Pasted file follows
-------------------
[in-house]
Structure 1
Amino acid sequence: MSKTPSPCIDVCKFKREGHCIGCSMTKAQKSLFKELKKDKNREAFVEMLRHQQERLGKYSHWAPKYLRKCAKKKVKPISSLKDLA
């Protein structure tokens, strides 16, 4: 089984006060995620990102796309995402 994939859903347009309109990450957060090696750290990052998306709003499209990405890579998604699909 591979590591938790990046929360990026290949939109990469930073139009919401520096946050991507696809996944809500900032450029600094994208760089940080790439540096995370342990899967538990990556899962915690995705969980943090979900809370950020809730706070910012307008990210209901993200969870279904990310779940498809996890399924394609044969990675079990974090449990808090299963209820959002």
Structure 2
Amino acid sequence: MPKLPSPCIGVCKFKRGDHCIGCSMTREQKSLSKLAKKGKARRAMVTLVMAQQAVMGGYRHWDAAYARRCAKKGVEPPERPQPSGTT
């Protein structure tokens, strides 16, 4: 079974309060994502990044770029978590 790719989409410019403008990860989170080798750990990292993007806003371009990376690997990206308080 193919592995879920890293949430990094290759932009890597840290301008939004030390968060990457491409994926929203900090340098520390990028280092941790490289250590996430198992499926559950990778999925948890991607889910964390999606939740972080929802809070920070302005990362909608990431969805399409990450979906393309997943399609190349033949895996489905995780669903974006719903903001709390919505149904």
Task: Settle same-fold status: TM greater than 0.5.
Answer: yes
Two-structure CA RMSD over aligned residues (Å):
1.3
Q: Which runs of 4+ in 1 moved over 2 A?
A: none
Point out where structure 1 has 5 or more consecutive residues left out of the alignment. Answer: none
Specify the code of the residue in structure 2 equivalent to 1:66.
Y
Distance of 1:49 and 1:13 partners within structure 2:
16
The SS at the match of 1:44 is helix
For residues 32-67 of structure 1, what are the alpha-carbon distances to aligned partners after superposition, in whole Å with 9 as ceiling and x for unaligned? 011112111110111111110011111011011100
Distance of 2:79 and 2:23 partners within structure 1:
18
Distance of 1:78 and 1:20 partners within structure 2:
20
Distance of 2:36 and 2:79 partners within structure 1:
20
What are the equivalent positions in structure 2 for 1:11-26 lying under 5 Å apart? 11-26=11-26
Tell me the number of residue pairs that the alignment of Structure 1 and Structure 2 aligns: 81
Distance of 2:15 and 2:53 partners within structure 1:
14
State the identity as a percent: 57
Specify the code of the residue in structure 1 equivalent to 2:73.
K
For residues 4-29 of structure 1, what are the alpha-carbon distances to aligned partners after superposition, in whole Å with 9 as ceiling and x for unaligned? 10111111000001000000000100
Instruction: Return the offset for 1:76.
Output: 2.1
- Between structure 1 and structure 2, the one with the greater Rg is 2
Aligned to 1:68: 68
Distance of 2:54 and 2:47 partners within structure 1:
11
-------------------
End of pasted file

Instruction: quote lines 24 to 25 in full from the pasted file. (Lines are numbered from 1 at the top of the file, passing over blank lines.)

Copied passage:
20
Distance of 2:36 and 2:79 partners within structure 1: